By: Victor “Vegas Vic” Royer
Whenever you receive pocket Aces it is always exciting. You know that you have the best starting hand in Texas Hold’Em, and at the same time also a hand that is quite likely to win you a very nice pot. However, it is easy to be blinded by this hand, resulting in either one of two very common mistakes:
- · Overplaying pocket Aces.
- · Underplaying pocket Aces.
In the first instance, the excitement may get the better of you and you will make your bet much too big relative to the action. Most often such bets are just too big compared to the blinds, and your opponent’s investment in the pot up to that point. The result is that making continuation plays now becomes more difficult, if not impossible, and the opponents whom you wanted to play with may simply give up, leaving you with a small win instead of a big one.
In the second instance the converse to this is true. In such situations players often do not bet enough, and as a result they let too many of their opponents in relatively cheaply. This is a situation that can very easily occur when the blinds and antes are such that the small raise you made is therefore correspondingly inexpensive for them to call. The outcome of this can often become probably among the most unfortunate and inadvisable scenarios, and that is that your pocket Aces will now be facing a field of several players.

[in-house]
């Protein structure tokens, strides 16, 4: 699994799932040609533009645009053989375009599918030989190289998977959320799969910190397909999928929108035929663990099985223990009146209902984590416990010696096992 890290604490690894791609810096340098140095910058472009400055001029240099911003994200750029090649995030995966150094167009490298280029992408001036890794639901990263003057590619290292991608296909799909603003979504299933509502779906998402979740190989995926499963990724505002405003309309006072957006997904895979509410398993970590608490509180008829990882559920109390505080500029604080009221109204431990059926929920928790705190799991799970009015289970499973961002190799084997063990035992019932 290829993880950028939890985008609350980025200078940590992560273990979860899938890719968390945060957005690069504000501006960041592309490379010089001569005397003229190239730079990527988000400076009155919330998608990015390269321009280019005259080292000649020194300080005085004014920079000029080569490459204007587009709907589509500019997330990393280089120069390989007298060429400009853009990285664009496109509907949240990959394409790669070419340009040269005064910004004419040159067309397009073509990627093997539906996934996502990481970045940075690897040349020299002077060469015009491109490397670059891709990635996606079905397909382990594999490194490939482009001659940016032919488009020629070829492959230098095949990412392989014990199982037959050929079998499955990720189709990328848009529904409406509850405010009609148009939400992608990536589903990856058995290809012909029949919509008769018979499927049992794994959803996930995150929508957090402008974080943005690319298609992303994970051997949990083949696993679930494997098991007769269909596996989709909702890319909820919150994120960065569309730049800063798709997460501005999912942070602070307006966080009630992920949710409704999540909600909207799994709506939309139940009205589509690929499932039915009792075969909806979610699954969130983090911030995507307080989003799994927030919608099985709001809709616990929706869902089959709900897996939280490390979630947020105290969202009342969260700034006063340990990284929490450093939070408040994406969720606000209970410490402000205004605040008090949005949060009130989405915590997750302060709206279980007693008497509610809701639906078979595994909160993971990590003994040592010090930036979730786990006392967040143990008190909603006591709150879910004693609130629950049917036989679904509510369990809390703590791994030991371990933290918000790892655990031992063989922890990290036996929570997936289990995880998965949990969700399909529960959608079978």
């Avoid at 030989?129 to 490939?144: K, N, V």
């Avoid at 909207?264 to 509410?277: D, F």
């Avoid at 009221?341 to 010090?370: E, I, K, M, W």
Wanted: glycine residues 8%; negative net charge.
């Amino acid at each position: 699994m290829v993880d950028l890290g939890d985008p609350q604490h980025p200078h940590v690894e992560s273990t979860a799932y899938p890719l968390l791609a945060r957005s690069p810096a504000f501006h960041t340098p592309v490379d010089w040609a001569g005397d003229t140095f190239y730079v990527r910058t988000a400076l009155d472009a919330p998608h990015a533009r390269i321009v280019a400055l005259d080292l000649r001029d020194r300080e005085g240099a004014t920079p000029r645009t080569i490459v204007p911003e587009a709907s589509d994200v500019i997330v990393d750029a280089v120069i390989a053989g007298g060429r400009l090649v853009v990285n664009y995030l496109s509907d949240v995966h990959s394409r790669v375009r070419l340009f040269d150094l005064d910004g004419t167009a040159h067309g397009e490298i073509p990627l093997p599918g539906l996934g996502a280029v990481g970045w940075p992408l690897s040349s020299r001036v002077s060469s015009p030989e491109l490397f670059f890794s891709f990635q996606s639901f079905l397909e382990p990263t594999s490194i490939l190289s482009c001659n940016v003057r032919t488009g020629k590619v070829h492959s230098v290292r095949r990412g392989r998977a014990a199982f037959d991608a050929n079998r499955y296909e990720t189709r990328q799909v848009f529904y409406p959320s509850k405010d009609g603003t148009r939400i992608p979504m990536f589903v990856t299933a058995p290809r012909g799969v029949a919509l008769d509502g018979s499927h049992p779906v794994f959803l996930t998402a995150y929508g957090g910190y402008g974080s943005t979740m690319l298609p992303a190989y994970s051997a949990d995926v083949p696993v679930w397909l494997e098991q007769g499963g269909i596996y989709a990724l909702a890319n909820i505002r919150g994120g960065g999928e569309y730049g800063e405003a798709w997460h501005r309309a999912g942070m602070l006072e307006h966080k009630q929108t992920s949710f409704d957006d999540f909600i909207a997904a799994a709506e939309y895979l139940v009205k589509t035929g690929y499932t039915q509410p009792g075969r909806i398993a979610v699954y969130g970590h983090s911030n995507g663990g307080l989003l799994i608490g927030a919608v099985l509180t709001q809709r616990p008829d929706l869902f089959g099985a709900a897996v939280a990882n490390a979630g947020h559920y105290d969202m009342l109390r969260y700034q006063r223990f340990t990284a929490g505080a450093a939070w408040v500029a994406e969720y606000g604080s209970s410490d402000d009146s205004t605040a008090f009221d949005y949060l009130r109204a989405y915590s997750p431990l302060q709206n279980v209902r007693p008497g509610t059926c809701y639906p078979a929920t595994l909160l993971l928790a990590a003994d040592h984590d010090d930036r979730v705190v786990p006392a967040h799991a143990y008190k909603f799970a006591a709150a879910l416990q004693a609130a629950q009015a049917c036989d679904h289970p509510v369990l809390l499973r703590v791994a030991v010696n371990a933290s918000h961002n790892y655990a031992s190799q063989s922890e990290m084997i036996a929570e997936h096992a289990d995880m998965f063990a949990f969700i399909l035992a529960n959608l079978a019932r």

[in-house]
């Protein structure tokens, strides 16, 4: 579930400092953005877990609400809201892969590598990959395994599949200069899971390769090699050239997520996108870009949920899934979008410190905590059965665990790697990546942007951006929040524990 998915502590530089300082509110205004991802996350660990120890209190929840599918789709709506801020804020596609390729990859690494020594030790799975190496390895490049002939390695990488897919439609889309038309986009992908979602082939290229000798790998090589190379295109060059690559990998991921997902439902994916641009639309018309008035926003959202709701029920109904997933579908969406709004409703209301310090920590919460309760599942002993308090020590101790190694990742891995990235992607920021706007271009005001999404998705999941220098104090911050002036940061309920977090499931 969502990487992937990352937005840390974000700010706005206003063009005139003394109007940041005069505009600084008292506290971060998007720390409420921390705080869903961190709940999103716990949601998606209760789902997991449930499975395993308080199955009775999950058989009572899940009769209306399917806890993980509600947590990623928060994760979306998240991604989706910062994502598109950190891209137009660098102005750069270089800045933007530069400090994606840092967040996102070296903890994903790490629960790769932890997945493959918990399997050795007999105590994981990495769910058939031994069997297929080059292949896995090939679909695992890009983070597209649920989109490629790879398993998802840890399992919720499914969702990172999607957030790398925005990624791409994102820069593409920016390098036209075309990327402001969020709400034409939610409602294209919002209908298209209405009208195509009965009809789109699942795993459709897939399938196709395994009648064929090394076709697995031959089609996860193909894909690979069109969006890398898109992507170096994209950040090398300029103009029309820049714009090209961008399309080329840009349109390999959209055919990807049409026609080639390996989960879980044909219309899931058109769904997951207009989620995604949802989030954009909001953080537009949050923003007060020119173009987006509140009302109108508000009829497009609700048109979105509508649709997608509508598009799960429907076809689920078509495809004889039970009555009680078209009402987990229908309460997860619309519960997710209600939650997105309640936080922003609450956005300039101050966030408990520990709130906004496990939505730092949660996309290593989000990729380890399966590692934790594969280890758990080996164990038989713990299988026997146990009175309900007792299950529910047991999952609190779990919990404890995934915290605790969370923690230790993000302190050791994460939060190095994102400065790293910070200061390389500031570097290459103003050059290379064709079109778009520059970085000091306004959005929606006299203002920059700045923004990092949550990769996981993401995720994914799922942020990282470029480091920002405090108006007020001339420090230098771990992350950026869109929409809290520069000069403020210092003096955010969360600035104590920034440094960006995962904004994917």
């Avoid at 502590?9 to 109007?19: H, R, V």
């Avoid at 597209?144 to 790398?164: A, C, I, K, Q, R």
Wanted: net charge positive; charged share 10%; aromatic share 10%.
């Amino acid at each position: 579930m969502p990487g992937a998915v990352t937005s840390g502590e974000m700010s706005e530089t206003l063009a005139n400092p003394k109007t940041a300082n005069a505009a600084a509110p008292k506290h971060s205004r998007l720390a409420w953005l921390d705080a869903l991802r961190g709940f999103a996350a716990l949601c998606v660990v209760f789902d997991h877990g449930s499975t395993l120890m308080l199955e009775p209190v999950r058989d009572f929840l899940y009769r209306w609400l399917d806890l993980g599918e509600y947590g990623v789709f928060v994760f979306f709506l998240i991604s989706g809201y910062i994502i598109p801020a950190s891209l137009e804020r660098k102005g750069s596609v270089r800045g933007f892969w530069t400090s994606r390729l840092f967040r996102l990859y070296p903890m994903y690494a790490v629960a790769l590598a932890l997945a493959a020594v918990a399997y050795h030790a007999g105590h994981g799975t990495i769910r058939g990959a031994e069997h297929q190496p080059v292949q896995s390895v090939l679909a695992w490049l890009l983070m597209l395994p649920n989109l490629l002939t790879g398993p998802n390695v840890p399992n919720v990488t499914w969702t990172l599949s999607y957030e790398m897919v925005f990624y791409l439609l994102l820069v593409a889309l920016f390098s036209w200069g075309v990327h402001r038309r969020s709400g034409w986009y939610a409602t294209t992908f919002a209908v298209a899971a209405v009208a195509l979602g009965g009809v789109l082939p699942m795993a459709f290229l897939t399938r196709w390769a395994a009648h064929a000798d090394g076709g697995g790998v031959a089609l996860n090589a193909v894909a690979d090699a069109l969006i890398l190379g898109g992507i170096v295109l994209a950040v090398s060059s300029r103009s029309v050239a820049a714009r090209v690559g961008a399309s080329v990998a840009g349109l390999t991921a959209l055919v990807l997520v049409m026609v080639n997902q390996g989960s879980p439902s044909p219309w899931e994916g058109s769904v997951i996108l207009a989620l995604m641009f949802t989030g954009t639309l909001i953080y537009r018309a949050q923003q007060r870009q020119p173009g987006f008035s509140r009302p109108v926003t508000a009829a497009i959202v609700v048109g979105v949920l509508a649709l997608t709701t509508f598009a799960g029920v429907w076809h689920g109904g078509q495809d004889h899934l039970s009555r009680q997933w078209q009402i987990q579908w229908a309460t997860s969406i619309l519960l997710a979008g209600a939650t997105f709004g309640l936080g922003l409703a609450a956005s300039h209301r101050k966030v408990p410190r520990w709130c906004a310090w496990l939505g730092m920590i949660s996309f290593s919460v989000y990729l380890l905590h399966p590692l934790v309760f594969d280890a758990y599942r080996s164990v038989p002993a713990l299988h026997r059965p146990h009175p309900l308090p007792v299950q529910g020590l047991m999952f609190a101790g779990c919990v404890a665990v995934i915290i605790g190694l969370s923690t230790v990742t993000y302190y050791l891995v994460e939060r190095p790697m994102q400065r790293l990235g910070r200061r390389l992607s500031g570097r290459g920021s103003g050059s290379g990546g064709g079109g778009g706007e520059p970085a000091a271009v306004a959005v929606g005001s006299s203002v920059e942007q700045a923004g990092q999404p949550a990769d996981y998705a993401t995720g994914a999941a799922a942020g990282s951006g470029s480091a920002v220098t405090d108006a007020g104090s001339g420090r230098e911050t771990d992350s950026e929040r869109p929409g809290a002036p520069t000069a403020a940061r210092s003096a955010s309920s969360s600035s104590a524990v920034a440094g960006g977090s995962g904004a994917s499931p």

What happens in this situation is that you are building a relatively small pot, but at the same time risk losing a big one. There is an old saying in poker that goes something like this: “Small-betting or slow-playing pocket Aces wins small pots, but loses big pots.” This is very true and you should learn not to do this, because otherwise you will find it out the hard way, and then think about this concept as you make your way out of the door having been busted out of the tournament.
This mistake is very common and can quite easily be committed by a variety of players with different skills at any time, or stages of the tournament. Just remember that any time you let other players in cheaply, your big pairs are always vulnerable, even if they happen to be pocket Aces.
Therefore, the lesson to be learned here is that you should always play pocket Aces aggressively, and raise a sufficient amount that will either isolate you against only one opponent, or possibly no more than two, while at the same time making it incredibly expensive for them to continue to play with you.
Continued in Part Three.